Spy found himself in a Brazilian bar in downtown Manila this week discussing politics: Trump, CY Leung, Brexit, et al. His convivial wealth manager guests were downing San Miguel beers to celebrate Rodrigo Duterte’s presidential win. Meanwhile, Spy sipped six too many Caipirinhas, which resulted in a hangover to match Dilma Rousseff’s impeachment headache. With so many shenanigans going on in politics, Spy wonders who wants the cursed job? Then again, fund management is not exactly easy at the moment, with most performance looking more Newcastle than Leicester City...and yet there is no shortage of people queuing up to “run the money”. Suckers for punishment, the lot of them, says Spy.
Spy’s commercial colleagues have been telling asset managers for years that building quality, credible content is half of the fund marketing battle – after all, if people don’t understand your product, how will they buy it? Well, it seems Aberdeen is listening. Spy can now reveal that Leigh Powell, formerly at Asian Investor, has popped up in Aberdeen’s Hong Kong office working with stalwarts Alex Boggis and Wincy Mak to head their new content role.
Spy hears that Aviva’s international wealth platform, Friends Provident International, has a shuffling of the guard in Singapore. Long time local CEO Chris Gill is returning to the UK in June and stepping down from the Aviva family. His replacement, who has arrived this week, is Australian Andrew Waddell, whose career includes time at AMP and AXA.
Talking about wealth insurers, Spy hears that Thomas Henze, CEO of Swiss Life in Singapore, is returning to Switzerland. He is rumoured to be taking on a much bigger role across the specialist universal life player. No replacement has been confirmed.
Quietly, high yield has had a great month for Singaporean investors, observes Spy. AB, Allianz and Franklin Templeton have all got funds in Asia that have done more than 4.5% in the last 30 days alone. Nice work if you can get it. So, while gold has had all the excitement with BlackRock and J.P. Morgan Asset Management’s resource teams purring for a quarter, ask the credit boys and girls to buy the next round. For the record: AB FCP I Global High Yield Portfolio AT CAD H up 6.16%; Allianz US High Yield AM (H2-GBP) GBP up 5.09%; Franklin High Yield Fund A (Mdis) SGD-H1 up 4.36%. Good effort.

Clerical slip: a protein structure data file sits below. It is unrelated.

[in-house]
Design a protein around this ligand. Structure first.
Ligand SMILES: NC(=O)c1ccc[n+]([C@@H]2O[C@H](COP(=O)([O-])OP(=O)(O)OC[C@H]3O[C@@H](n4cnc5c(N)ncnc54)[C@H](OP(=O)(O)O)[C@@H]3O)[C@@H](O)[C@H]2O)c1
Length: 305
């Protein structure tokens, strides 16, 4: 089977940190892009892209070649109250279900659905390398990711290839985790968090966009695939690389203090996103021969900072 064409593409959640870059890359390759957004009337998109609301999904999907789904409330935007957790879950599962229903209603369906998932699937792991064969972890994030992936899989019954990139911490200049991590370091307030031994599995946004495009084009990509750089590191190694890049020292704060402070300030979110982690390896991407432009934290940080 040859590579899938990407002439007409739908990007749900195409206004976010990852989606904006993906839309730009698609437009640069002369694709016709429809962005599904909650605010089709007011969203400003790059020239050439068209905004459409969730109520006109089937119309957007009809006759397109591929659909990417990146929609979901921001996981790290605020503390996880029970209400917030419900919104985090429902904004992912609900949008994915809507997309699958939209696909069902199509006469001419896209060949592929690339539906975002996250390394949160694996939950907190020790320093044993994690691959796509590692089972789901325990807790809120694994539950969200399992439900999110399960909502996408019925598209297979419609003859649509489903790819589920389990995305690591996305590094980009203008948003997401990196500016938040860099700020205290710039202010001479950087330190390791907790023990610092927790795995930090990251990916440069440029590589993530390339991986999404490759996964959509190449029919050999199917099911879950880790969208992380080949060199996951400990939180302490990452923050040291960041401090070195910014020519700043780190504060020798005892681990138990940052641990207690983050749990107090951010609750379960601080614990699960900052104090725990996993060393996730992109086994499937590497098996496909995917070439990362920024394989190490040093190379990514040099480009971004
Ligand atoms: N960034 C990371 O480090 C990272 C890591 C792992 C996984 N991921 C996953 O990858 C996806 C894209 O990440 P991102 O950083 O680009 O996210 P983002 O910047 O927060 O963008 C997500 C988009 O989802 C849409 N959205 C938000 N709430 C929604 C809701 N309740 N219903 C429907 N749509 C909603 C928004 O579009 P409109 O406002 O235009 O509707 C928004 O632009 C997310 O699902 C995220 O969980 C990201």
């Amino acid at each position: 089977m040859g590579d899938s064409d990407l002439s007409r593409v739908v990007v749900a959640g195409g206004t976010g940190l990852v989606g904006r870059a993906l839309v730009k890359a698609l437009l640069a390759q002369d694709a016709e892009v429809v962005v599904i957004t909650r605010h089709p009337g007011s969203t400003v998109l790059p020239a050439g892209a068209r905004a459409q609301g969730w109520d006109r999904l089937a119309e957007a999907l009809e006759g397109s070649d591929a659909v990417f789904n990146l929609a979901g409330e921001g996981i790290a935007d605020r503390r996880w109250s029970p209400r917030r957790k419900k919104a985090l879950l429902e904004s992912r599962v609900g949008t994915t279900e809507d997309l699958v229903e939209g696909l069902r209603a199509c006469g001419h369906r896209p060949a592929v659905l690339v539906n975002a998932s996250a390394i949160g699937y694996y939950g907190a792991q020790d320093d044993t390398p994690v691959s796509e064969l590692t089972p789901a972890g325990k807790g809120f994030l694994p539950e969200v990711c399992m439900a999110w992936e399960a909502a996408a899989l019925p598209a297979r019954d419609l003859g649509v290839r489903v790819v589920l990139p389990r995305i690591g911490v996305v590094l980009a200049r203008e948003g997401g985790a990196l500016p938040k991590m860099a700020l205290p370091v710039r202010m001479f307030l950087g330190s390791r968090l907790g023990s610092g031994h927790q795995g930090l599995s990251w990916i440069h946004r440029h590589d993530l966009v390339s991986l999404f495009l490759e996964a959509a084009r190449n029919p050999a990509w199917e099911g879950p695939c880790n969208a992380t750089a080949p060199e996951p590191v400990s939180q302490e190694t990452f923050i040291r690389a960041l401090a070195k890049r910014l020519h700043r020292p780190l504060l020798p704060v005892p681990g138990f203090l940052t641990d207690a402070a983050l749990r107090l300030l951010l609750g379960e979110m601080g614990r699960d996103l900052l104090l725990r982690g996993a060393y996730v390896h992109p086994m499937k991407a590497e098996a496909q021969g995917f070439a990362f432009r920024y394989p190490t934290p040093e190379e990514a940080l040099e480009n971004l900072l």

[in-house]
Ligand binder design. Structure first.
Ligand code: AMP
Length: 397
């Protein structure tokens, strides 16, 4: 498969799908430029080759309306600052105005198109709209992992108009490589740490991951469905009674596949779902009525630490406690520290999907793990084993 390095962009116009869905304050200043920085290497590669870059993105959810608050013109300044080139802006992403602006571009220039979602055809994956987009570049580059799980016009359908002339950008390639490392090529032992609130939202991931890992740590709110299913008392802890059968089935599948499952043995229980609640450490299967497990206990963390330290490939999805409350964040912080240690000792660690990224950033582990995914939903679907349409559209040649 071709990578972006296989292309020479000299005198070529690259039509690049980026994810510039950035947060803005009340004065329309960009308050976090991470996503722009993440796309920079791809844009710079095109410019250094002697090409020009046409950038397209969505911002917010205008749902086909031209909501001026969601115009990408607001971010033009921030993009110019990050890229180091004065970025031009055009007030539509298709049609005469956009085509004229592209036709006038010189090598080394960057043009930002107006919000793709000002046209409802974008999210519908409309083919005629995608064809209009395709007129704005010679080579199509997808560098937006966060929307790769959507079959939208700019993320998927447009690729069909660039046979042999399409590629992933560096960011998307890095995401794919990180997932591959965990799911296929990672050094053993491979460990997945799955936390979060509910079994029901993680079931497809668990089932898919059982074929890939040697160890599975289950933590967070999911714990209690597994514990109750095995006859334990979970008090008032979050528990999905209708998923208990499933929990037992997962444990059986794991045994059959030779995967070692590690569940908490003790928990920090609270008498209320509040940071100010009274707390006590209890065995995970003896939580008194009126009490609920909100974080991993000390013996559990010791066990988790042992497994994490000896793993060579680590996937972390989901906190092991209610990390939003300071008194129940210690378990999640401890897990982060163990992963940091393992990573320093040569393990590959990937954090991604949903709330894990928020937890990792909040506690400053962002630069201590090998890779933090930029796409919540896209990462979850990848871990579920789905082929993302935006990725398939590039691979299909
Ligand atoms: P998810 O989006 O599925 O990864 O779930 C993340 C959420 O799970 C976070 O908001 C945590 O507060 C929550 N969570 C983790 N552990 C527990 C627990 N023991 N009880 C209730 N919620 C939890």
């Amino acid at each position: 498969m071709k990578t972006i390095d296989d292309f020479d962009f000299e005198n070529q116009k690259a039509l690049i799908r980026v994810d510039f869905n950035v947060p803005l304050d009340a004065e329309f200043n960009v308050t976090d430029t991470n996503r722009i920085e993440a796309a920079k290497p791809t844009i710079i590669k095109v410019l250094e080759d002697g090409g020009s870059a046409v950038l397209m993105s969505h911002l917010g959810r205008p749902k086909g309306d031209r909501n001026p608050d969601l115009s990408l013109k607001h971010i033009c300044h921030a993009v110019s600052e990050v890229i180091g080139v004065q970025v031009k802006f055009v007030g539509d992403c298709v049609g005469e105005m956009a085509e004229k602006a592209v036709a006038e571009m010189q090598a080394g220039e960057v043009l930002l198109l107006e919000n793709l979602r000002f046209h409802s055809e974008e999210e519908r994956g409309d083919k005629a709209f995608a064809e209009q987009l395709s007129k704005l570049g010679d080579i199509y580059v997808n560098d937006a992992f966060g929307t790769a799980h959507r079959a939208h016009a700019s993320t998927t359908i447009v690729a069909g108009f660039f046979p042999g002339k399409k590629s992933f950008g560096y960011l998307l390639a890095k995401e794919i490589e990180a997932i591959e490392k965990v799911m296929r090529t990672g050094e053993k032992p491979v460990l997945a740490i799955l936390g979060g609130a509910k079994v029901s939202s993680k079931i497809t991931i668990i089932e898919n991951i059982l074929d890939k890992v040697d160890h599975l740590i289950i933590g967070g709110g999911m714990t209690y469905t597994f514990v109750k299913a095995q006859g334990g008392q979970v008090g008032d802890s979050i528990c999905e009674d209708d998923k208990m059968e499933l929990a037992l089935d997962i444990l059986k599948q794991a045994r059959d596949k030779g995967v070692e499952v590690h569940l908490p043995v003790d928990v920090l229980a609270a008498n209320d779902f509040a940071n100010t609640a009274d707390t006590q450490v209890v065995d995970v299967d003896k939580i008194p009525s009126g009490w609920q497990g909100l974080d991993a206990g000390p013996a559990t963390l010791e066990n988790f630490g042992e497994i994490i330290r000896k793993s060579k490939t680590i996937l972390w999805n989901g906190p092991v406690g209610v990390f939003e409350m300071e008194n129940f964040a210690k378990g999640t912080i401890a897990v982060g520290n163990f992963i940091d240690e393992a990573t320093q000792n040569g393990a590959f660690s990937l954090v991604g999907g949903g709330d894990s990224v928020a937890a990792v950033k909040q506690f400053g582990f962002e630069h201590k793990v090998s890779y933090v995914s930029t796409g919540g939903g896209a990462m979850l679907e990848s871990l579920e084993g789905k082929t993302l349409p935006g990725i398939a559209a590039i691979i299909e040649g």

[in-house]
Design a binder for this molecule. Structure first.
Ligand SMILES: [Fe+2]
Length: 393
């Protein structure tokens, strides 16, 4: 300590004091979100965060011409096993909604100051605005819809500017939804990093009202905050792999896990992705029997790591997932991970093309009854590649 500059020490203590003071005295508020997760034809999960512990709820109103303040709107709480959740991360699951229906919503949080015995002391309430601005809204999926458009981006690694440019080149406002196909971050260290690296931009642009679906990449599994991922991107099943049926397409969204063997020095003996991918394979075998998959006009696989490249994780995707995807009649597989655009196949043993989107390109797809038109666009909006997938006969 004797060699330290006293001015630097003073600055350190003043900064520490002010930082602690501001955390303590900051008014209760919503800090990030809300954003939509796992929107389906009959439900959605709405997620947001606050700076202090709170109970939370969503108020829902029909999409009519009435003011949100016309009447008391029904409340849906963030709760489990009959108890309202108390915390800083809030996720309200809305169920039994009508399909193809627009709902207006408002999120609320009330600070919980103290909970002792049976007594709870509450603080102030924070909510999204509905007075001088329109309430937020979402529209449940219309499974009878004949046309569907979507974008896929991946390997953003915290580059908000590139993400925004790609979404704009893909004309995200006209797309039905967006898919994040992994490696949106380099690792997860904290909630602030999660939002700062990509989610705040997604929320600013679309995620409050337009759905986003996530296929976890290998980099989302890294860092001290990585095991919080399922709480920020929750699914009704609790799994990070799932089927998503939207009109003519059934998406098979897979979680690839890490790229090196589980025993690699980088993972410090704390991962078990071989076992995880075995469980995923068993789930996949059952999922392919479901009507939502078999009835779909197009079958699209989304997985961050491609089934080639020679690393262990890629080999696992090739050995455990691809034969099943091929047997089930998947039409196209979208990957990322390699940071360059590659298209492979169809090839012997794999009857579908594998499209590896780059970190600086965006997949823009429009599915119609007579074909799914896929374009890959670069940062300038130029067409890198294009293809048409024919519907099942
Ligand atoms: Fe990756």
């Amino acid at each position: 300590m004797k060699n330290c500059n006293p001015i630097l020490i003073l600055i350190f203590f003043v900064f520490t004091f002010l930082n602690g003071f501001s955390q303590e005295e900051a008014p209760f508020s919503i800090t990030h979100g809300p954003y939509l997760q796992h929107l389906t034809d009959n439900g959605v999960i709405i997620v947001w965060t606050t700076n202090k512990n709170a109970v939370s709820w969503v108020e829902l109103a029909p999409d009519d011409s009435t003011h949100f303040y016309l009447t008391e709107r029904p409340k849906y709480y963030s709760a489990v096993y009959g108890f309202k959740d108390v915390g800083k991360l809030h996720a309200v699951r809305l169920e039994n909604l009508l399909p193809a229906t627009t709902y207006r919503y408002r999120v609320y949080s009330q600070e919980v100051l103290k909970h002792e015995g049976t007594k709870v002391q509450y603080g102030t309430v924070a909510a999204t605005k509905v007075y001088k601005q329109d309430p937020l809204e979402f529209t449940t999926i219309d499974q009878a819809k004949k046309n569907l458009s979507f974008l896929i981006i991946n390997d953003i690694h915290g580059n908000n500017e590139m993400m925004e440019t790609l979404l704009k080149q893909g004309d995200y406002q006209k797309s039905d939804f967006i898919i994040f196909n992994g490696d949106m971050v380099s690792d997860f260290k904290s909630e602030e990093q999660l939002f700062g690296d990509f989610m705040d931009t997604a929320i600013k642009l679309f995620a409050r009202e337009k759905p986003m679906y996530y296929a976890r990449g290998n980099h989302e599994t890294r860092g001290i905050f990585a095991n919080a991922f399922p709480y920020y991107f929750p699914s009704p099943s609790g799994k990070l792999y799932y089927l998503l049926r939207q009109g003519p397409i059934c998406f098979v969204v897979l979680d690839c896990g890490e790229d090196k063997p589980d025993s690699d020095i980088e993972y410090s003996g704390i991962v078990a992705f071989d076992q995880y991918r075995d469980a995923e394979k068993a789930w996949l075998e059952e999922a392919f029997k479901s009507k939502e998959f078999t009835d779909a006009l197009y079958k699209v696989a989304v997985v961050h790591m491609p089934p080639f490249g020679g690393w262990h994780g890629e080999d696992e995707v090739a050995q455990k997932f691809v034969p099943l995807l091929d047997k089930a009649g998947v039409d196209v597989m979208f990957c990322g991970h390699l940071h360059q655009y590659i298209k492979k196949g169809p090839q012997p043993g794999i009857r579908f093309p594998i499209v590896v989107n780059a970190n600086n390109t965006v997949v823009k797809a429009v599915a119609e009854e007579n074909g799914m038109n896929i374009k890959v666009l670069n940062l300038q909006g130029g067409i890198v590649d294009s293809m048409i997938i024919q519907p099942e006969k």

Go on DBS, get off that fence of yours, says Spy! On DBS’s wealth management page they have conveniently provided a periodic table-style set of equity recommendations. It includes the options buy, hold, sell and something Spy presumes is full value. Do the test yourself: DBS does not make a single sell recommendation in Singapore, Hong Kong, Thailand, Malaysia or Indonesia. They are either super bullish or doing their very best to keep the equity desk happy…
Spy sees that European fund managers – even some large ones -- are getting called out for spinning performance numbers. According to Cerulli, “Investment consultants we interviewed complained that asset managers are submitting back-tested performance data as the numbers of a real fund.” It doesn’t stop there. Other tricks include “sweeping a poorly performing product under the carpet either by changing its name or its mandate; data being changed without explanation between pitch and proposal; managers launching or adapting products based primarily on market demand”. Spy wonders if these sneaky tactics could tie into the recent S&P Dow Jones data that shows 70-80% of actively-managed European funds have failed to outperform their benchmarks over three-, five- and ten-year periods. Ouch! No sexing up of performance has been happening in Asia, right? Spy wouldn’t mind hearing about it if you know a thing or two. email@example.com
Spy asks, what next after QE fails to spark growth, after negative interest rates crop up and as the hunt for yield looks like it will be increasingly tough for maybe decades? 100-year bonds, of course. Spain, Belgium, Ireland, and France are issuing bonds with maturities of up to 100 years. That leads into Spy’s extended quote of week, courtesy of Joshua Kennon at Kennon Green & Co:
“Benjamin Graham once wisely observed that more money has been lost by investors ‘reaching for yield’ than stolen at the barrel-end of a gun. During periods of anaemic interest rates on fixed-income securities, bank deposits, and cash equivalents, a combination of impatience, action bias, and desperation causes savers to do what they would otherwise consider extraordinarily foolish. What is more astonishing is that not only do they commit these economic transgressions, they do so with unabashed glee, clamouring over themselves to make sure that they, too, can be put on the list for what amounts to all-but-guaranteed misery down the line.”
100-year bond maturity? Presumably European economies will have recovered by then, but inflation, why would you worry about inflation?
Spy’s photographers have been pounding the streets hunting for interesting asset and wealth management advertising.
Not much going on, it must be said.
Stan Chart is back to its voucher ways. At this rate, Spy thinks Takashiyma is doing the better sales job...
Next, Bank of China is offering some hard cash, which Spy always prefers (along with vintage wine).
Finally, Pictet is building out the brand and at the same time reminding Spy of a moody Harold Pinter play.
Until next week, keep smiling – it's Friday the 13th after all.